Don't fall, Ethan scrawls in red permanent marker across the rides and signs of Sea Town. Since his brother Jason's death, Ethan can't let go of his big brother.
Don't fall, Rachel reads as she prepares to dump back into the ocean the shells her brother Curtis collected. Curtis had Down syndrome, but that isn't why he plummeted to his death from the Rock-It Roll-It Coaster.
Together, Ethan and Rachel are about to discover just how far a man will go to protect his kingdom.
With lyrical storytelling, Jonathan David Kranz spins an irresistible tale of mystery and grief, guilt and culpability.
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Our Brothers at the Bottom of the Bottom of the Sea
By Jonathan David Kranz
Henry Holt and CompanyCopyright © 2015 Jonathan David Kranz
All rights reserved.
following the script
Rachel did not know where she would find what she was looking for, or even what exactly she needed to find, but she was fairly certain that once she got beyond the seasonal displays of inflatable toys and neon boogie boards, she would find the homely, useful things that should be the true business of a hardware store. This one had low-hanging fluorescent fixtures and the sour smell of weed killer and burlap sacks. Like a houseguest searching for a bathroom, Rachel peeked uncertainly down the aisles. The signs suspended from the ceiling were only marginally helpful. She wished for something explicit, like "stuff you need to fix a hole in the wall."
An employee in a store apron approached Rachel, examining her as if anticipating customer needs was one of his chores. Rachel did not appreciate the attention. In general, she dressed for invisibility. She wore loose cargo pants and a white sweatshirt that sagged from her torso like a spent balloon. A blue baseball cap, with a strip of duct tape covering the sports logo, crowned her shoulder-length brown hair. Her canvas sneakers, which were originally bright blue, were now dishwater gray.
"Looking for something?" he asked.
"I need to fix a hole. In a wall."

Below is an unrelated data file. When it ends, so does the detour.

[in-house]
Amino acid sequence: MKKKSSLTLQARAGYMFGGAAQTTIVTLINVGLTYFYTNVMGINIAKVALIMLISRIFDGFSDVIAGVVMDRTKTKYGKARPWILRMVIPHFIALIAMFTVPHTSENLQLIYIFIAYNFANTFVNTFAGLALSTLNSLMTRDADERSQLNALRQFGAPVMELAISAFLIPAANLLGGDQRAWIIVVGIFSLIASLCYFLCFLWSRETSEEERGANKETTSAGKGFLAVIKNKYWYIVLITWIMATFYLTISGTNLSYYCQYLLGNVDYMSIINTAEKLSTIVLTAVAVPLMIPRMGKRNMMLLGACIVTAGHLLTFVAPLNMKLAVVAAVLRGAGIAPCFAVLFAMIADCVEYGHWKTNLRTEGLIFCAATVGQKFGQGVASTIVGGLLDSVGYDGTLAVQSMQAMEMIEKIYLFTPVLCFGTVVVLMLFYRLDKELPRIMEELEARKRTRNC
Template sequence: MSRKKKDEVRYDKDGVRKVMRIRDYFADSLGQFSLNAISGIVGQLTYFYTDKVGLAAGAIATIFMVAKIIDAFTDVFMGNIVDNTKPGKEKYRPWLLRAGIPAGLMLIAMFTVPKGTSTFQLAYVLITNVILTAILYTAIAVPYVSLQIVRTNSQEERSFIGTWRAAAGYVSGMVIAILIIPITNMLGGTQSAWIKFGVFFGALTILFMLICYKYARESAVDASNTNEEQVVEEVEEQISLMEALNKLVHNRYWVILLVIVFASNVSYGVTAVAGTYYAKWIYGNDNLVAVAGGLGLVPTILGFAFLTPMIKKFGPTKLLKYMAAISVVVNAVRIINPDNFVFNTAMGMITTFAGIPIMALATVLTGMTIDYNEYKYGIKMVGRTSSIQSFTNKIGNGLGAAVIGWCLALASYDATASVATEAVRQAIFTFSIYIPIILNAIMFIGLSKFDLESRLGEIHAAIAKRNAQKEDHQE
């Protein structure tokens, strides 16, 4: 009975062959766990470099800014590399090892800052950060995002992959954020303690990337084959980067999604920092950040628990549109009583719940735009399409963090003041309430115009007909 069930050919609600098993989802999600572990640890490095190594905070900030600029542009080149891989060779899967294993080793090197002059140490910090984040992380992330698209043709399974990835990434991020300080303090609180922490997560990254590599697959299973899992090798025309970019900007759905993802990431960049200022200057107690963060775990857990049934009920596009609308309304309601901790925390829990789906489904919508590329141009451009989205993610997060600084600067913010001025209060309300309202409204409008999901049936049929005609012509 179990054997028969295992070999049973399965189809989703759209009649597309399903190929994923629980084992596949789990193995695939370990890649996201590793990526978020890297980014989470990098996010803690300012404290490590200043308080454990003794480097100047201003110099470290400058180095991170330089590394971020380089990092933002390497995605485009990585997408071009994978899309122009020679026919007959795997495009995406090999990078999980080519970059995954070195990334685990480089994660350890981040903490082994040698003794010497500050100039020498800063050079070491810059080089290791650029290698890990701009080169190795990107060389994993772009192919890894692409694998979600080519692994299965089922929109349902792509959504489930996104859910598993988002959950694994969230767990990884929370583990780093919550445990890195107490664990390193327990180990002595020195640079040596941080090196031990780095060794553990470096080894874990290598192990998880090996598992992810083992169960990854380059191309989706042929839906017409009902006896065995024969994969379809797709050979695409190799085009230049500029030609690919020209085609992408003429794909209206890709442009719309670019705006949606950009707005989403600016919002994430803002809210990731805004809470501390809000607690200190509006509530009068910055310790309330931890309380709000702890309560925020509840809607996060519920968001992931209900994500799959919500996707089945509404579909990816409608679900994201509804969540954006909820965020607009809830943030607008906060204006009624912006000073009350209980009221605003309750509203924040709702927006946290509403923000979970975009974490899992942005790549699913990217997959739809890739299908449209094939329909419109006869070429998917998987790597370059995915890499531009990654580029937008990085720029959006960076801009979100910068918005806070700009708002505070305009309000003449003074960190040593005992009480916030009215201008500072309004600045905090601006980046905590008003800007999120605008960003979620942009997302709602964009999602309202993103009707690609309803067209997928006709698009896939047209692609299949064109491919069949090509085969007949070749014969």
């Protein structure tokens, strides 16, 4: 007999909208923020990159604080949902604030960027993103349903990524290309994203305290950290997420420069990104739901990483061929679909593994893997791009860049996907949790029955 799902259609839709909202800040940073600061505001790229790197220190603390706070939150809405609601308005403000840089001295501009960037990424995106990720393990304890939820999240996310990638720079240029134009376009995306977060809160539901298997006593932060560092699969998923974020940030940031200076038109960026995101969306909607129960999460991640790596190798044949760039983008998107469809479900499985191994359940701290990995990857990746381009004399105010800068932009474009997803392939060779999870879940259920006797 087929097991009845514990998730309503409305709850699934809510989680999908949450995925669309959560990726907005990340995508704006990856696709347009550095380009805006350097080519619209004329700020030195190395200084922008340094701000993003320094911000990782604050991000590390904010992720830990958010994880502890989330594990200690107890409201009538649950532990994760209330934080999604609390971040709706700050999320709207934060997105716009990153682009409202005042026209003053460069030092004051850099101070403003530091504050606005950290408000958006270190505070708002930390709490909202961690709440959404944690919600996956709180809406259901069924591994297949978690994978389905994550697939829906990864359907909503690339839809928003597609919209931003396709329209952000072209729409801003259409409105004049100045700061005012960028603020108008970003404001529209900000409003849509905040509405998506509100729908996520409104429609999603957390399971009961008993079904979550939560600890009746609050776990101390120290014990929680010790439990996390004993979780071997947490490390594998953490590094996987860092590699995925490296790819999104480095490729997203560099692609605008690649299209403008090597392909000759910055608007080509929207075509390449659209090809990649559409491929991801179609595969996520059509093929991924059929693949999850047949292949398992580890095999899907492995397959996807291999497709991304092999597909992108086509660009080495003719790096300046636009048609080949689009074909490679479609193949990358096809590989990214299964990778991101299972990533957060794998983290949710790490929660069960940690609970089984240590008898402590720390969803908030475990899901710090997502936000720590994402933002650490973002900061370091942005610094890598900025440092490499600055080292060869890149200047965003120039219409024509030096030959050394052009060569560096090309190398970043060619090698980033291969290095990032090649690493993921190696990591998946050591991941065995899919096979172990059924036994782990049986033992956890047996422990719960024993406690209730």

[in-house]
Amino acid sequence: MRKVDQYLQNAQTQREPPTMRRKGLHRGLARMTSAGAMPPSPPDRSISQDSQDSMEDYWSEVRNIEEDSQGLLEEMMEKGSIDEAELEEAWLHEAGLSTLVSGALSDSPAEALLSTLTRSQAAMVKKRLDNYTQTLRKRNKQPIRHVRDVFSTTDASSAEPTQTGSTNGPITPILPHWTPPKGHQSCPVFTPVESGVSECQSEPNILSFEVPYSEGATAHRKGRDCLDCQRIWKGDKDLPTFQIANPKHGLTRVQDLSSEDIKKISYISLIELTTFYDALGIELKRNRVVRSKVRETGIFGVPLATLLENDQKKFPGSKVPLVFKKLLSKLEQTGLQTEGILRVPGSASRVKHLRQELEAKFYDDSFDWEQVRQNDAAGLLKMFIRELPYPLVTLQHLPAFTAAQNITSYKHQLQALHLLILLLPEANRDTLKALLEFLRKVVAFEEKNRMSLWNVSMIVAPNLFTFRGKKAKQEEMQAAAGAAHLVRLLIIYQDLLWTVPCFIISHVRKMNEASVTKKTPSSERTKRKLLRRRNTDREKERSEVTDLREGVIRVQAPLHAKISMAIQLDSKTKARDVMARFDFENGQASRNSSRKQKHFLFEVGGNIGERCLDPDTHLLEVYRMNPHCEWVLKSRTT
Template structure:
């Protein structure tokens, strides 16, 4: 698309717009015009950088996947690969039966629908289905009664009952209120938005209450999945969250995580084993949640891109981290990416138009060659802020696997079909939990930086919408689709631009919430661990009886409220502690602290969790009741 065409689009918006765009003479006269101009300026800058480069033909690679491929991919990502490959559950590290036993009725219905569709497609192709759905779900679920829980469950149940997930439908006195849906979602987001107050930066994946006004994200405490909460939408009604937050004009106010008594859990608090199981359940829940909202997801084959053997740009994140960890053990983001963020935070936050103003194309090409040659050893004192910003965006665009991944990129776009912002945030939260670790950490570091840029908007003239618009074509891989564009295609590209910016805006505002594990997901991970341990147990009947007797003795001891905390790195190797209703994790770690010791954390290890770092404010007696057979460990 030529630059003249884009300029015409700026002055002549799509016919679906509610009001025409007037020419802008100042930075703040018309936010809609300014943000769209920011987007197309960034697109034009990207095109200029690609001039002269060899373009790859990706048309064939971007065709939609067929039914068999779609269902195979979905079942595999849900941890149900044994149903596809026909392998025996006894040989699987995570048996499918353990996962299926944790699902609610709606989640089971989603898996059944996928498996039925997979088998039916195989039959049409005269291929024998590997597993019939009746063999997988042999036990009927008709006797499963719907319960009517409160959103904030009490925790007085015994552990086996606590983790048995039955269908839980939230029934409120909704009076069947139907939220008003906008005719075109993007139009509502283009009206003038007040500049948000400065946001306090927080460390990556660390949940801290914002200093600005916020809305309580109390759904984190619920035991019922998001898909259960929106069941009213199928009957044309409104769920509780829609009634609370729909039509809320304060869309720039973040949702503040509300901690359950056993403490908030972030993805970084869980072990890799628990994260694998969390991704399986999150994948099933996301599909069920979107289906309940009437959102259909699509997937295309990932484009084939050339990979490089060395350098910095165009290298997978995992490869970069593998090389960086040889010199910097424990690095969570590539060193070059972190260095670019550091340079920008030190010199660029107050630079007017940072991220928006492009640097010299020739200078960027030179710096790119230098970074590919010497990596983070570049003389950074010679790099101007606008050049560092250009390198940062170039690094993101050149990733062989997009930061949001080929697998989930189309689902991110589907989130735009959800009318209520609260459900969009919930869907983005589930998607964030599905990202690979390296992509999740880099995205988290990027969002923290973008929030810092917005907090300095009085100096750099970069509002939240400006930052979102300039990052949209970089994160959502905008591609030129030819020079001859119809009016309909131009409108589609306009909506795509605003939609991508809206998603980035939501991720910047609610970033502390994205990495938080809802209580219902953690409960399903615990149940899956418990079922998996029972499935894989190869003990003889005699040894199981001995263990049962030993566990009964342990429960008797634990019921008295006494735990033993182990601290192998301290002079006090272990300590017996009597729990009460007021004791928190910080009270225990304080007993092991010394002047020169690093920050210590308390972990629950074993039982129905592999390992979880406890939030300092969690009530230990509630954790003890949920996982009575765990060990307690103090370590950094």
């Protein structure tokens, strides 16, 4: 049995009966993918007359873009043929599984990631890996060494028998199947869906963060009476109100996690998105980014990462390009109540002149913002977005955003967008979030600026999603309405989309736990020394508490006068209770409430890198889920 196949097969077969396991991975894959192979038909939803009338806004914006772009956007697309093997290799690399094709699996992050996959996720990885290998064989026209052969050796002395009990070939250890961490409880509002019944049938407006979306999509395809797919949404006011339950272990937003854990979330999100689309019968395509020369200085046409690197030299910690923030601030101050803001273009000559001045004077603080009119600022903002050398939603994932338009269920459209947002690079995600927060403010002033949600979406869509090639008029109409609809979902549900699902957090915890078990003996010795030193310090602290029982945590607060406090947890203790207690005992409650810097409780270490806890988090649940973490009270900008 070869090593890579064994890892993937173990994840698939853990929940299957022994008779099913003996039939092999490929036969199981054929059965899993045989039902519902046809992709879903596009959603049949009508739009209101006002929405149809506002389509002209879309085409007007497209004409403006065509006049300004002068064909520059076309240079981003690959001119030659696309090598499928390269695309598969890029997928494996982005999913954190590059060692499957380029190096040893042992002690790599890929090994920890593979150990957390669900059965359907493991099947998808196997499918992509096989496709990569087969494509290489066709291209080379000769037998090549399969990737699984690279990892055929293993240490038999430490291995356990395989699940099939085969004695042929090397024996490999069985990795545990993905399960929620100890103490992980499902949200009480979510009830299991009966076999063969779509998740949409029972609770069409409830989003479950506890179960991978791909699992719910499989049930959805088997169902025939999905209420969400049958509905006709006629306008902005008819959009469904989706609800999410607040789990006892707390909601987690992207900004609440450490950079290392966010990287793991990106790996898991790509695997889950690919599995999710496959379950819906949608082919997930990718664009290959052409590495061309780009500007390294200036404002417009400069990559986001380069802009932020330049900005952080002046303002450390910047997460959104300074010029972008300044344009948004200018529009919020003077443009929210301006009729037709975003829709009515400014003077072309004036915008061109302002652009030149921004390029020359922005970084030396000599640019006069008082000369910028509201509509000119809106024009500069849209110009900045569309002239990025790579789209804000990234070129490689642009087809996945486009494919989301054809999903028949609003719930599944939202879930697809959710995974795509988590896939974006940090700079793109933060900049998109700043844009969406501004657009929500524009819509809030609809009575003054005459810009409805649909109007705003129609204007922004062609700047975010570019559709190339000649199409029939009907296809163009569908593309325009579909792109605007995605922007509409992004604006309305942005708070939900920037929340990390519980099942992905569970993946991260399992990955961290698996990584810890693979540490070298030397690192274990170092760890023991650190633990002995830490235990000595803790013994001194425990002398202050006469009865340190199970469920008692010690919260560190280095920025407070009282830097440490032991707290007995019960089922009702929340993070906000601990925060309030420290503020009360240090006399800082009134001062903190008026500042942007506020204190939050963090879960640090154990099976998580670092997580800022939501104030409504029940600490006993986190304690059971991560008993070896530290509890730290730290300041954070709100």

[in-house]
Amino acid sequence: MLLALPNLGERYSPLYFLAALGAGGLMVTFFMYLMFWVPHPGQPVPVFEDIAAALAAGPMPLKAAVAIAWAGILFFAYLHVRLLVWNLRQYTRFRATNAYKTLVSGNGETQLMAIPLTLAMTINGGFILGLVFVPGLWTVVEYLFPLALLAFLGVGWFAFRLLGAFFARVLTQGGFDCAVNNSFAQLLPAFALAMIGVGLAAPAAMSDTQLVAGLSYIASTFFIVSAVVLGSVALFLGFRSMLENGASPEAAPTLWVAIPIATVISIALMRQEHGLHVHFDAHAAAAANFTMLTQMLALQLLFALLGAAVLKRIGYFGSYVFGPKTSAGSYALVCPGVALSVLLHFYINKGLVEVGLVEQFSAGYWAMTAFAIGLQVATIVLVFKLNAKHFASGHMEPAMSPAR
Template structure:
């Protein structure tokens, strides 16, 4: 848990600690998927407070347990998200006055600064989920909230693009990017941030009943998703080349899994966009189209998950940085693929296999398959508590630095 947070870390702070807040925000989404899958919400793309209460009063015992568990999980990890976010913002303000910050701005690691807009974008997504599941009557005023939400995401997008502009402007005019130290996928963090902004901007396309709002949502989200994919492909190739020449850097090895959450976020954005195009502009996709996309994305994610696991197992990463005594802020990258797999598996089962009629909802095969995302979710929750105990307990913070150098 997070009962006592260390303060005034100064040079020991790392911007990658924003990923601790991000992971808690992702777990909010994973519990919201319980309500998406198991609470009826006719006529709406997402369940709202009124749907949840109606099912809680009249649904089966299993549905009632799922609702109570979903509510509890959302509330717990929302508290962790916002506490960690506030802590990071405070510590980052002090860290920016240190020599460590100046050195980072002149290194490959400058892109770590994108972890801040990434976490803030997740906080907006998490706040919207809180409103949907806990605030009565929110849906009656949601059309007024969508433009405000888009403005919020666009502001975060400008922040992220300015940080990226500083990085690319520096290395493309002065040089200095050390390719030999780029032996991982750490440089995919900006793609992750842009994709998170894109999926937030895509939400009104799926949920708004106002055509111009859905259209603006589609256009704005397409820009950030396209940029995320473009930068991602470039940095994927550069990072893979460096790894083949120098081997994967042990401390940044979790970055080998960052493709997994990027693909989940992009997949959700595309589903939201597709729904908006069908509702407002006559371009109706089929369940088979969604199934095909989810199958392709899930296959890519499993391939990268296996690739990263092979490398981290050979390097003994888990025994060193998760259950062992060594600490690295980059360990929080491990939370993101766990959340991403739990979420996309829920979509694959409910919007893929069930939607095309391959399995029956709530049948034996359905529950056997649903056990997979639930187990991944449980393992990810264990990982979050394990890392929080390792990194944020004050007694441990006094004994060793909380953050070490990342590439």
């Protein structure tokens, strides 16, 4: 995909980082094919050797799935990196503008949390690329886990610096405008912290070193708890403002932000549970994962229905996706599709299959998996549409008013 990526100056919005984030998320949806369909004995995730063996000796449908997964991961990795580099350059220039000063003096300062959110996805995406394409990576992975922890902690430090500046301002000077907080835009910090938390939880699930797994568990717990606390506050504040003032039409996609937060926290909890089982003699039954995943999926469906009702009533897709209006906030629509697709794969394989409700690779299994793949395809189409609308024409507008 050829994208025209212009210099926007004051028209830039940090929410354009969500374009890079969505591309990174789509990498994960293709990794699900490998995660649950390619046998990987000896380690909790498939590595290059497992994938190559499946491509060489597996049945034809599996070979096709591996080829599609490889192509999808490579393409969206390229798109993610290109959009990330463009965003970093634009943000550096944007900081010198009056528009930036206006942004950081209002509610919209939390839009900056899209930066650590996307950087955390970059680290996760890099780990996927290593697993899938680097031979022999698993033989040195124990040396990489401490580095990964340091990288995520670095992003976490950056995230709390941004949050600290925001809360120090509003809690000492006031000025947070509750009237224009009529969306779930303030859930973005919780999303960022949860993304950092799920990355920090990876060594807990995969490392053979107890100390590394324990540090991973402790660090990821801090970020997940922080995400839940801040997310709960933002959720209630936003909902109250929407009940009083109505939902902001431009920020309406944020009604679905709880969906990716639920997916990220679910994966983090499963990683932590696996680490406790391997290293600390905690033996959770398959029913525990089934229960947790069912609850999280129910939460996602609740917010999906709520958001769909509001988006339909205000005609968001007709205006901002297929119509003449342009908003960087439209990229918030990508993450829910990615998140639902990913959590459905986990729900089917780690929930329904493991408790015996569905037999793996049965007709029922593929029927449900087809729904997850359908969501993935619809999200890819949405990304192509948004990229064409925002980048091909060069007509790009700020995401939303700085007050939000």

"Yeah, it's dry." She felt a little defensive. She and Betty had at least a baseline level of competency, enough to keep the damn walls from getting wet.
The man crossed his arms over his chest and smiled. "I mean," he said with mock patience, "is it Sheetrock or plaster?"
"I don't know. It's a wall."
"Ohh-kay," he said. "How big is this hole?"
About the size of a man's fist. Not a particularly large man, nor even an especially angry man, but a frustrated man who had run out of things to say and, not wanting to leave without having the last word, had made his concluding argument in the wall.
"About the size of a doughnut," Rachel said.
"The doughnut hole or the whole doughnut?"
"The whole. The whole doughnut, I mean."
"Good," the man said. "I'm glad we're being scientific about this." He ticked off the necessary items on his fingers. "You'll need a ten-inch knife, maybe a six-inch knife, a patch kit, some mud, a mud pan —"
"Joint compound." He rubbed at a dirt spot on his apron. "You know, it might be easier to get help, have someone do this for you."
It wouldn't, Rachel thought. The guy who had left the hole in the wall was the plumber Betty had called in to fix a leaky faucet. That was a month and many noisy nights ago. The faucet still dripped, just not as much.
"We'll do it ourselves," she said.
"Then you'll need the right tools." He motioned Rachel to step aside and, while she waited, harvested the necessary items from the shelves. They made an expensive-looking pile at the counter. The man scanned them into the register, and Rachel admired the point-of-sale displays: key rings, candy-colored miniature flashlights, and little pocket knives, too adorable to be either effective tools or weapons, which would fit comfortably into a purse or pocket — which, Rachel thought, would fit very comfortably in her hand.
With Curtis, taking things had been easy. He was a walking distraction, a goodwill magnet who attracted many fans, mostly women, but men too, who threw affection on him as readily as the devout pinned dollars on parade saints. While Curtis plucked their heartstrings, Rachel plucked their tabletops, their counters, their shelves. At home, she had a dresser drawer full of cosmetics she would never use, a closet rack of clothes she'd never wear — that was beside the point. The point was a little in the having, a lot in the taking, but not at all in the using.
Now there was this man standing right in front of her, no more than two, maybe three, feet away. That would be cutting it close. But, Rachel believed, the distance between two people could hardly be reduced to a matter of inches. "You have the number of a good handyman?" she asked.
"After I just rung all this in?"
She smiled. "You might be right. I might need help. Just in case."
"You have seven days for returns," he said, turning toward a drawer behind him, "if you have the receipt and the stuff isn't used." While he rummaged for the right business card, Rachel picked an emerald green folding knife from the display, slipping it into the cargo pocket of her pants, where it hung weighty and full, like a ripe piece of fruit.
* * *